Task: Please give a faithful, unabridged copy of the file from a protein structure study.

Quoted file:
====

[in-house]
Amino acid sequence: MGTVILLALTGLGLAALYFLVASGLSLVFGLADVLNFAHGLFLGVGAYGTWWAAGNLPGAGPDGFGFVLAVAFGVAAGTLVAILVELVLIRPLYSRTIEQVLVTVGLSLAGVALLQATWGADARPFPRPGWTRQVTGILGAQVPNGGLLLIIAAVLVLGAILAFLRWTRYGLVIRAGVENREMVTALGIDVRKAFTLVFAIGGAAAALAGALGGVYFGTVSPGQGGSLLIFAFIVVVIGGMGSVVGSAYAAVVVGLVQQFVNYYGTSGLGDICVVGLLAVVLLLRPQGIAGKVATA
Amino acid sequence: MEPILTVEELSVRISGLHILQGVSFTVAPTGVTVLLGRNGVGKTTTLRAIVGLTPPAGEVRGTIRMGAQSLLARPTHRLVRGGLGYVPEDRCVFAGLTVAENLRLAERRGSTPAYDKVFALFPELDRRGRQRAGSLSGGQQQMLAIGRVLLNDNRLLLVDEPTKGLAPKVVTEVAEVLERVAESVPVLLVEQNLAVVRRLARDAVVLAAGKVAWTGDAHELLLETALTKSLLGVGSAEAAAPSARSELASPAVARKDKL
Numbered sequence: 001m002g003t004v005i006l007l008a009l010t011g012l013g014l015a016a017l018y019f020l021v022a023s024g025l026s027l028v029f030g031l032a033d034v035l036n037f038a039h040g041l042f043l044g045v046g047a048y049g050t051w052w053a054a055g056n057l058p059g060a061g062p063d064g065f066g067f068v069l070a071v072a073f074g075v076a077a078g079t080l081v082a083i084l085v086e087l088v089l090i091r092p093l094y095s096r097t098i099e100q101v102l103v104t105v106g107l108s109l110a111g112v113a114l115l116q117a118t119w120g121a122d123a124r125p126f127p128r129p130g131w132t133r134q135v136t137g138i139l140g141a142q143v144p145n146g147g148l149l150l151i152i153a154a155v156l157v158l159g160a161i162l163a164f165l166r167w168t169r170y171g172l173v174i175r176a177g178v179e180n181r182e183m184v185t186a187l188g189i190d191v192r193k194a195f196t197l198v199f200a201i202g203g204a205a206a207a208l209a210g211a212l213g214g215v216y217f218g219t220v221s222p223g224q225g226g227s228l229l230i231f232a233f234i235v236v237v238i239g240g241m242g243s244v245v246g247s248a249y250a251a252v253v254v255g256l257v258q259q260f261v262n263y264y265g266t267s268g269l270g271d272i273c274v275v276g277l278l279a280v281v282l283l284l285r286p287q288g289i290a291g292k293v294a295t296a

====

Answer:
[in-house]
Amino acid sequence: MGTVILLALTGLGLAALYFLVASGLSLVFGLADVLNFAHGLFLGVGAYGTWWAAGNLPGAGPDGFGFVLAVAFGVAAGTLVAILVELVLIRPLYSRTIEQVLVTVGLSLAGVALLQATWGADARPFPRPGWTRQVTGILGAQVPNGGLLLIIAAVLVLGAILAFLRWTRYGLVIRAGVENREMVTALGIDVRKAFTLVFAIGGAAAALAGALGGVYFGTVSPGQGGSLLIFAFIVVVIGGMGSVVGSAYAAVVVGLVQQFVNYYGTSGLGDICVVGLLAVVLLLRPQGIAGKVATA
Amino acid sequence: MEPILTVEELSVRISGLHILQGVSFTVAPTGVTVLLGRNGVGKTTTLRAIVGLTPPAGEVRGTIRMGAQSLLARPTHRLVRGGLGYVPEDRCVFAGLTVAENLRLAERRGSTPAYDKVFALFPELDRRGRQRAGSLSGGQQQMLAIGRVLLNDNRLLLVDEPTKGLAPKVVTEVAEVLERVAESVPVLLVEQNLAVVRRLARDAVVLAAGKVAWTGDAHELLLETALTKSLLGVGSAEAAAPSARSELASPAVARKDKL
Numbered sequence: 001m002g003t004v005i006l007l008a009l010t011g012l013g014l015a016a017l018y019f020l021v022a023s024g025l026s027l028v029f030g031l032a033d034v035l036n037f038a039h040g041l042f043l044g045v046g047a048y049g050t051w052w053a054a055g056n057l058p059g060a061g062p063d064g065f066g067f068v069l070a071v072a073f074g075v076a077a078g079t080l081v082a083i084l085v086e087l088v089l090i091r092p093l094y095s096r097t098i099e100q101v102l103v104t105v106g107l108s109l110a111g112v113a114l115l116q117a118t119w120g121a122d123a124r125p126f127p128r129p130g131w132t133r134q135v136t137g138i139l140g141a142q143v144p145n146g147g148l149l150l151i152i153a154a155v156l157v158l159g160a161i162l163a164f165l166r167w168t169r170y171g172l173v174i175r176a177g178v179e180n181r182e183m184v185t186a187l188g189i190d191v192r193k194a195f196t197l198v199f200a201i202g203g204a205a206a207a208l209a210g211a212l213g214g215v216y217f218g219t220v221s222p223g224q225g226g227s228l229l230i231f232a233f234i235v236v237v238i239g240g241m242g243s244v245v246g247s248a249y250a251a252v253v254v255g256l257v258q259q260f261v262n263y264y265g266t267s268g269l270g271d272i273c274v275v276g277l278l279a280v281v282l283l284l285r286p287q288g289i290a291g292k293v294a295t296a